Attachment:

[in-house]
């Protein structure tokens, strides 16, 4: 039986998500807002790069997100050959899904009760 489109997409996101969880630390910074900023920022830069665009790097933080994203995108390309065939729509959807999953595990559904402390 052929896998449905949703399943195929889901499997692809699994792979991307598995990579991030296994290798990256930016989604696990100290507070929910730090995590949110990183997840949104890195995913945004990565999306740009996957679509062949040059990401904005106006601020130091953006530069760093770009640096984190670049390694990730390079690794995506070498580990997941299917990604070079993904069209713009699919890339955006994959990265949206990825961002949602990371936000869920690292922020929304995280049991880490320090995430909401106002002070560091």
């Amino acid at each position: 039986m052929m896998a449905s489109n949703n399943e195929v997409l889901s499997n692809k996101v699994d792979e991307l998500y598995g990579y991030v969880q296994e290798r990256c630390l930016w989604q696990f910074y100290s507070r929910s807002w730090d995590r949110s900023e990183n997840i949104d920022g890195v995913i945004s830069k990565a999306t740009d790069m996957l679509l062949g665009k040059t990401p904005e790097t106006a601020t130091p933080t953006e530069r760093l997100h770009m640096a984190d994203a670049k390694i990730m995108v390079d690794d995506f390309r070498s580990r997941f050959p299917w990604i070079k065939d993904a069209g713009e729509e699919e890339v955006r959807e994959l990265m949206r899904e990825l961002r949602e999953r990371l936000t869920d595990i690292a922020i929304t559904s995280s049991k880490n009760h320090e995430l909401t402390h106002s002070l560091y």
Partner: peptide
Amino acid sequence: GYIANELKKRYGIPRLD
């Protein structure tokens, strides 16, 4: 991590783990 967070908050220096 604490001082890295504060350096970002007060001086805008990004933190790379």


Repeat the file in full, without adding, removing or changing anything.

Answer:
[in-house]
């Protein structure tokens, strides 16, 4: 039986998500807002790069997100050959899904009760 489109997409996101969880630390910074900023920022830069665009790097933080994203995108390309065939729509959807999953595990559904402390 052929896998449905949703399943195929889901499997692809699994792979991307598995990579991030296994290798990256930016989604696990100290507070929910730090995590949110990183997840949104890195995913945004990565999306740009996957679509062949040059990401904005106006601020130091953006530069760093770009640096984190670049390694990730390079690794995506070498580990997941299917990604070079993904069209713009699919890339955006994959990265949206990825961002949602990371936000869920690292922020929304995280049991880490320090995430909401106002002070560091």
């Amino acid at each position: 039986m052929m896998a449905s489109n949703n399943e195929v997409l889901s499997n692809k996101v699994d792979e991307l998500y598995g990579y991030v969880q296994e290798r990256c630390l930016w989604q696990f910074y100290s507070r929910s807002w730090d995590r949110s900023e990183n997840i949104d920022g890195v995913i945004s830069k990565a999306t740009d790069m996957l679509l062949g665009k040059t990401p904005e790097t106006a601020t130091p933080t953006e530069r760093l997100h770009m640096a984190d994203a670049k390694i990730m995108v390079d690794d995506f390309r070498s580990r997941f050959p299917w990604i070079k065939d993904a069209g713009e729509e699919e890339v955006r959807e994959l990265m949206r899904e990825l961002r949602e999953r990371l936000t869920d595990i690292a922020i929304t559904s995280s049991k880490n009760h320090e995430l909401t402390h106002s002070l560091y």
Partner: peptide
Amino acid sequence: GYIANELKKRYGIPRLD
């Protein structure tokens, strides 16, 4: 991590783990 967070908050220096 604490001082890295504060350096970002007060001086805008990004933190790379």